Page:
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With all the medical advancements humans have accomplished, it may be hard to believe but some animals are capable of a task that medical technology has yet to achieve; smell disease.

Dogs have been known to sense low blood sugar in diabetic owners. In research projects, dogs have been trained to detect prostate cancer in urine and lung cancer in breath samples. What makes them able to achieve such a feat?

Dr. Cindy Otto is the Executive Director of the Penn Vet Working Dog Center, located at the University of Pennsylvania. She explains that dogs are able to focus on specific scents, similar to how humans can use vision to focus on subtle changes in the environment. These talents are based on the unique ability to block out extraneous stimuli. Otto says the ultimate goal is for diagnostic machines to ‘sniff’ out the same scents animals have been trained to identify. She also hopes that scientists, using the same technology, will be able to create readily available, inexpensive diagnostic tests on a massive scale.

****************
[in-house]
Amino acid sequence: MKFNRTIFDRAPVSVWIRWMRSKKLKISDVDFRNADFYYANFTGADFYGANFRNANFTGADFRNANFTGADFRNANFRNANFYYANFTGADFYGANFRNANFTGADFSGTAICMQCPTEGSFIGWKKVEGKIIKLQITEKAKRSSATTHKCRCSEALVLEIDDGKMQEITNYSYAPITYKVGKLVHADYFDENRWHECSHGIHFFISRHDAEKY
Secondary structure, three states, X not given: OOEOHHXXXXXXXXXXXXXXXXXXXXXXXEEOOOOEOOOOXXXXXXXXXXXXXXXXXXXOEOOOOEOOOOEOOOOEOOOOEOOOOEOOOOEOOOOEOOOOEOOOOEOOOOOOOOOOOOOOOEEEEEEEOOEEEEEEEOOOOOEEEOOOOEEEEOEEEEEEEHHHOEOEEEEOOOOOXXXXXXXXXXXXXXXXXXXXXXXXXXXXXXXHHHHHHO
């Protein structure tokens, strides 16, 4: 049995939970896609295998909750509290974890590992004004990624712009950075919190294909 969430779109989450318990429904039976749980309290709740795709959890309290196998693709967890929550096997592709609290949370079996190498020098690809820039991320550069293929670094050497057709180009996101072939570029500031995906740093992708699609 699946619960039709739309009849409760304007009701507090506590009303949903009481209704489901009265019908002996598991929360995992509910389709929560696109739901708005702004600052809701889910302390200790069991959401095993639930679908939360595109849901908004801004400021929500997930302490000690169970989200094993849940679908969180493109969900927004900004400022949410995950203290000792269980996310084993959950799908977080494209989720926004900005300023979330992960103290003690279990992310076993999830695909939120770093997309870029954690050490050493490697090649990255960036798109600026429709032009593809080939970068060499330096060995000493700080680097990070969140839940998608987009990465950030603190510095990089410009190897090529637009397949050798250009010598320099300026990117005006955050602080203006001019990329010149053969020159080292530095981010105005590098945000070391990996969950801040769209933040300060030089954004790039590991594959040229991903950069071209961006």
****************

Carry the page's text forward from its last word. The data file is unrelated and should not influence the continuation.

In Mozambique and Tanzania, a very different type of animal puts their diagnostic talents to the test. Large rats are tasked with detecting tuberculosis in humans. Dr. Christiaan Mulder, the director of Apopo, a TB program based in Belgium, says rats are much more efficient and cheaper than laboratory tests. The rats are said to rule out about 80% of the healthy individuals, saving time and money compared to laboratory tests that can take days to rule out individuals one by one.

Dr. Gary Beauchamp, Emeritus Director and President of Monell Chemical Senses Center, says there’s a lot of skepticism when it comes to using animals to detect disease. Although he points out that dogs are relied upon to detect explosives, find drugs, and track missing humans. So should we trust animals with this crucial job? It would be up to the FDA to approve any animal-based diagnosis and many agree that a technological simulation of the skill should be the ultimate goal.

Guests:

  • Dr. Cindy Otto, Executive Director, Penn Vet Working Dog Center, University of Pennsylvania
  • Dr. Gary Beauchamp, Emeritus Director and President, Monell Chemical Senses Center
  • Dr. Christiaan Mulder, Director, TB program, Apopo